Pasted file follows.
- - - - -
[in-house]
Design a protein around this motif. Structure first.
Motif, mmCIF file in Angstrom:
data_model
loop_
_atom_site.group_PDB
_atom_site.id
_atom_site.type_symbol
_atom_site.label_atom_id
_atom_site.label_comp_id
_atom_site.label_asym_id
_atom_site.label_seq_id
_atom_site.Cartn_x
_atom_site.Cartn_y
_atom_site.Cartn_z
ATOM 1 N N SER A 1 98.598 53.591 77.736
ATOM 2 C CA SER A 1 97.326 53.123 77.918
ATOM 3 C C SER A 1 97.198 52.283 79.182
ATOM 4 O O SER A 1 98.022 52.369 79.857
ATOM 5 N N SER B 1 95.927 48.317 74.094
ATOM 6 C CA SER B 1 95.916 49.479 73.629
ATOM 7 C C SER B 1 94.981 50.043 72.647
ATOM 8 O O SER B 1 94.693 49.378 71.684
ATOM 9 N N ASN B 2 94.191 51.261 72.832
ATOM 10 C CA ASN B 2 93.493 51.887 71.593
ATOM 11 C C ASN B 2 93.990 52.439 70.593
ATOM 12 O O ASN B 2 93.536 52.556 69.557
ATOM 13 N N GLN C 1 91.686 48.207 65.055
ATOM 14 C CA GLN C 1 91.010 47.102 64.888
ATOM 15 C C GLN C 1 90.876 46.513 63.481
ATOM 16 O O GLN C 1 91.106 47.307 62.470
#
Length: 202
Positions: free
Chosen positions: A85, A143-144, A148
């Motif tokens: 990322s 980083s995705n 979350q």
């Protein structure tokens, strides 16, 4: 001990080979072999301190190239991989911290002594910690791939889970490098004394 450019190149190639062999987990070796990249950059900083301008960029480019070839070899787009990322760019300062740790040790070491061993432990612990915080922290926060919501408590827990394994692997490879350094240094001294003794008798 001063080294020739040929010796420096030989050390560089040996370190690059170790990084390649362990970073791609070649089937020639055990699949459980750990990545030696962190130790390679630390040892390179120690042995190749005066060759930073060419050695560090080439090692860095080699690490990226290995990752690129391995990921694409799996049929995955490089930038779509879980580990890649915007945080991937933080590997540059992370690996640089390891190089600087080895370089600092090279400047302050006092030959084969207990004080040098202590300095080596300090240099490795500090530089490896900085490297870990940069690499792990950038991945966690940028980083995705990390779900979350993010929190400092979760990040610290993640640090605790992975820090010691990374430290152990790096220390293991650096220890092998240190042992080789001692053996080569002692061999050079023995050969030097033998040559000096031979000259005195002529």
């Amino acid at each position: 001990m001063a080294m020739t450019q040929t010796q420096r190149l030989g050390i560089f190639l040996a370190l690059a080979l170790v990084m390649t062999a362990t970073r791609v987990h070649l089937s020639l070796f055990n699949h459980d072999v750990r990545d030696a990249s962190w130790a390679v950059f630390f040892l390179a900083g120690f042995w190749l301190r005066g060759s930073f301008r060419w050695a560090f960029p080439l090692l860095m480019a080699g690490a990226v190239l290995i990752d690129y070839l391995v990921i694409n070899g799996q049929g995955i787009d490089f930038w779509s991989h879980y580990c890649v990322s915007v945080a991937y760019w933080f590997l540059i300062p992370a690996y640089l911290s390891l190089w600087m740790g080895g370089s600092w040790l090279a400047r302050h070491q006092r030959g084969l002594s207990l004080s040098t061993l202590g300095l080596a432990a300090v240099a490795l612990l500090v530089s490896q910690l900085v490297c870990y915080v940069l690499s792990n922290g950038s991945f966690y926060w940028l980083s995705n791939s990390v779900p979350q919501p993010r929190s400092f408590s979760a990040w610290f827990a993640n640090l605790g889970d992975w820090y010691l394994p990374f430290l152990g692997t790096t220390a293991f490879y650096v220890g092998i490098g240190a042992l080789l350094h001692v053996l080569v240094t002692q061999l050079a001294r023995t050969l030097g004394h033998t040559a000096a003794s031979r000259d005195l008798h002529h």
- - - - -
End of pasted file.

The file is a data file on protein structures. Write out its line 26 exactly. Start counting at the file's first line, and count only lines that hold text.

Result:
ATOM 11 C C ASN B 2 93.990 52.439 70.593